class CombinedGroovy {
    String name
    int age = 10
}

new CombinedGroovy("My name", 20).equals(new CombinedGroovy("My name", 30));
Lombok:
@EqualsAndHashCode(of={"name"})
@NoArgsConstructor
@AllArgsConstructor
public class CombinedLombok {
    private String name;
    private int age = 10;
}

new CombinedLombok("My name", 20).equals(new CombinedLombok("My name", 30));
This one is similar to @ToString, and as its name suggests, this creates the equals() and hashCode() methods accordingly. Again, its name is the same for both libraries, with the Groovy version offering slightly more customization options. As with @ToString, Groovy works with properties while Lombok works with fields.

This again is an extremely useful tool to reduce boilerplate noise in production classes.

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May 22, 2016

Delombok: Enterprise-safe Java AST transformations



Project Lombok brings abstract syntax tree (AST) transformations to Java, allowing you to generate boilerplate code at compile time through simple annotations. With the delombok Maven plugin, this becomes a safe choice even for enterprise projects.

This blog post describes how to easily apply Java code generation for typical boilerplate tasks using Project Lombok – and how to safely introduce it to a Java project of any scale, in a non-intrusive way.

You’ll find the source code of a nicely configured (NetBeans) project in the accompanying GitHub repository.

Why should you use it?

Project Lombok allows you to use simple Java annotations to modify or extend Java source code on compile time. This is a feature well-known from Groovy projects, which comes with numerous so-called AST transformations out-of-the-box, to e.g. generate equals() / hashCode() methods, constructors, or even implement advanced features such as method-delegation. With Lombok, these features are brought to vanilla Java.

This is not about saving time when coding. That’s what static code generators (e.g. in the IDE) are for. Actual coding is done once only. Afterwards, you’ll need to be able to read your code, and to keep it up to date. This is were static code generation fails as the generated boilerplate becomes part of the source code file, and it gets in the way every time you have to revise is. Statically generated code by its very nature is potentially out-of-date as soon as it was generated. This never happens with code generated at compile time.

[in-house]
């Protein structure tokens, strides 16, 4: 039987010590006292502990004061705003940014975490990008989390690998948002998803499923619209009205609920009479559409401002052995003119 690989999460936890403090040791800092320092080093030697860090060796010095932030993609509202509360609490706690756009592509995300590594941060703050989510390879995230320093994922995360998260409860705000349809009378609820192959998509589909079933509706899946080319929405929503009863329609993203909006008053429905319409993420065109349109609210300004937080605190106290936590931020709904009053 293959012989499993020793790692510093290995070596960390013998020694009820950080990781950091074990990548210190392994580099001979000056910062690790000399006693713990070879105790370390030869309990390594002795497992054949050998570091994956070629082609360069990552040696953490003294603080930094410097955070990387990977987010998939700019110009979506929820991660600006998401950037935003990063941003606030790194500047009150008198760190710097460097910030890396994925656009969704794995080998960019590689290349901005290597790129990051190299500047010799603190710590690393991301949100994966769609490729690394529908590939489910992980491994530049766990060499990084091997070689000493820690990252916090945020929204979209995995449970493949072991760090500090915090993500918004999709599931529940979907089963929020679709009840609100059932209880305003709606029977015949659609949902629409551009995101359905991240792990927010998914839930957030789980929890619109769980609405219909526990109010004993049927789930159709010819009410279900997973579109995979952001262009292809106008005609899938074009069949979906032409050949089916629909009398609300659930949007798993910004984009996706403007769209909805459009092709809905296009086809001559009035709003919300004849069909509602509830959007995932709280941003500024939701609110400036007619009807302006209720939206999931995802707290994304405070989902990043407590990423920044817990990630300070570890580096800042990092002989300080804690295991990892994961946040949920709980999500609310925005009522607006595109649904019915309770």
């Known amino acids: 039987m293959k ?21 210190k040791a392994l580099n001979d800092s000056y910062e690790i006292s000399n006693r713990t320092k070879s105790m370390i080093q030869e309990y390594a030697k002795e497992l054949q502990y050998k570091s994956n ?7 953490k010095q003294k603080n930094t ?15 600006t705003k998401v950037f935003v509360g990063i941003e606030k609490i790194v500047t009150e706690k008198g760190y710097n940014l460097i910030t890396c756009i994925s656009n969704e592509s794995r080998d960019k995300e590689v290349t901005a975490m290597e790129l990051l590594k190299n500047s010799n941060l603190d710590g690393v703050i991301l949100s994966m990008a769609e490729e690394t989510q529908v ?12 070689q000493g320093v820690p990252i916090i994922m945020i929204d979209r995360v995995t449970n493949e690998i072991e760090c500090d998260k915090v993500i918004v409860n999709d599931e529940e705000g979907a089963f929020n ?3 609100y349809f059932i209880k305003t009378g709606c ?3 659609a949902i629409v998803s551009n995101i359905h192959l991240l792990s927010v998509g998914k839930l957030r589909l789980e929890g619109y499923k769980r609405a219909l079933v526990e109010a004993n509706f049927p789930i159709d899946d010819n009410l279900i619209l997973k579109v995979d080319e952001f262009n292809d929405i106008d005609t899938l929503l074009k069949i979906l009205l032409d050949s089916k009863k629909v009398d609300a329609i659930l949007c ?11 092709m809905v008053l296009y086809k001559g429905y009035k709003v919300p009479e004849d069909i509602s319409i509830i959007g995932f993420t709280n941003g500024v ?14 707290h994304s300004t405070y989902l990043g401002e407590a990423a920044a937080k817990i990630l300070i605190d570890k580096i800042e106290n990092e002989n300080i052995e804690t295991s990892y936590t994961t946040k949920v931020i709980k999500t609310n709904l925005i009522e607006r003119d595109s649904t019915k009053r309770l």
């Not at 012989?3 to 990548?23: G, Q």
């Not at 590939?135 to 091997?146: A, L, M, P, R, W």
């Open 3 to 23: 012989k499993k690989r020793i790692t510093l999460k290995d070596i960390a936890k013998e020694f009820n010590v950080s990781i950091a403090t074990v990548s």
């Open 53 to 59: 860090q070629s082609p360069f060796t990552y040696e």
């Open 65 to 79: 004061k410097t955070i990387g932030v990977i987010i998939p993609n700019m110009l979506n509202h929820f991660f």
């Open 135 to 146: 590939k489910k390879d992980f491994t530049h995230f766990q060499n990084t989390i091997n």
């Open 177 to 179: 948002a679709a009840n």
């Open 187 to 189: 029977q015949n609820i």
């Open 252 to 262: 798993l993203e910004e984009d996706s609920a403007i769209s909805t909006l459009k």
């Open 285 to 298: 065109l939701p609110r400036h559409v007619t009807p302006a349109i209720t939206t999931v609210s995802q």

Code generation with Lombok

In order to use Lombok, you need to declare its Maven dependency:
<dependencies> 
 <dependency> 
  <groupId>org.projectlombok</groupId> 
  <artifactId>lombok</artifactId> 
  <version>1.14.8</version>
 </dependency>
 ...
</dependencies>
Note: At the time of writing (May 2016), this does not work with Lombok’s most recent release (1.16.8): When used in NetBeans (8.1), the IDE itself recognizes the code generated by Lombok (e.g. in autocomplete), but compilation will fail nonetheless when trying to access generated code. According to this stackoverflow answer, the current solution is a downgrade to Lombok 1.14.8.
Then you can for instance have getters and setters generated at compile time:
public class GetterSetterExample {
    @Getter @Setter
    private int age = 10;
 ...
}
and use them statically typed:
GetterSetterExample example = new GetterSetterExample();
example.getAge();

Why wouldn’t you use it?

Lombok helps you keep your Java code concise, DRY, and overall clean.

There are still viable reasons why you may be still reluctant to apply it in your project: It introduces a dependency on a third party tool, and in this case, this comes with two drawbacks:
  • A new programming style is introduced which may not be endorsed by future code maintenance personal.
  • You become dependent on a tool which may break with future Java releases.
  • (Plus, its current version indeed seems to be broken at the moment, at least when used in NetBeans.)
The second point becomes a pressing concern when you read Lombok’s backstory which clearly states that it actually relies on internal VM APIs and as such may be considered a hack:

“There is no guarantee the private APIs won't change in a later JDK and break Project Lombok.”

It does so by lack of official support for annotation processors for Java:

“If what lombok does could be done without resorting to internal API, we'd have done something else, but it can't be done, so we resort to internal API usage.”
At least, it would be favorable to have a “revert to vanilla” option with Lombok. Luckily, there is one. Enter Delombok, which is an official part of Lombok.

Safe code generation with Delombok

In order to activate Delombok, you need to add its plugin to your pom:
<plugins>
 <plugin>
  <groupId>org.projectlombok</groupId>
  <artifactId>lombok-maven-plugin</artifactId>
  <version>1.16.8.0</version>
  <executions>
   <execution>
    <phase>generate-sources</phase>
    <goals>
     <goal>delombok</goal>
    </goals>
   </execution>
  </executions>
 </plugin>
 ...
</plugins>
Note that this method supports the most recent Lombok release (even in NetBeans):
<dependencies>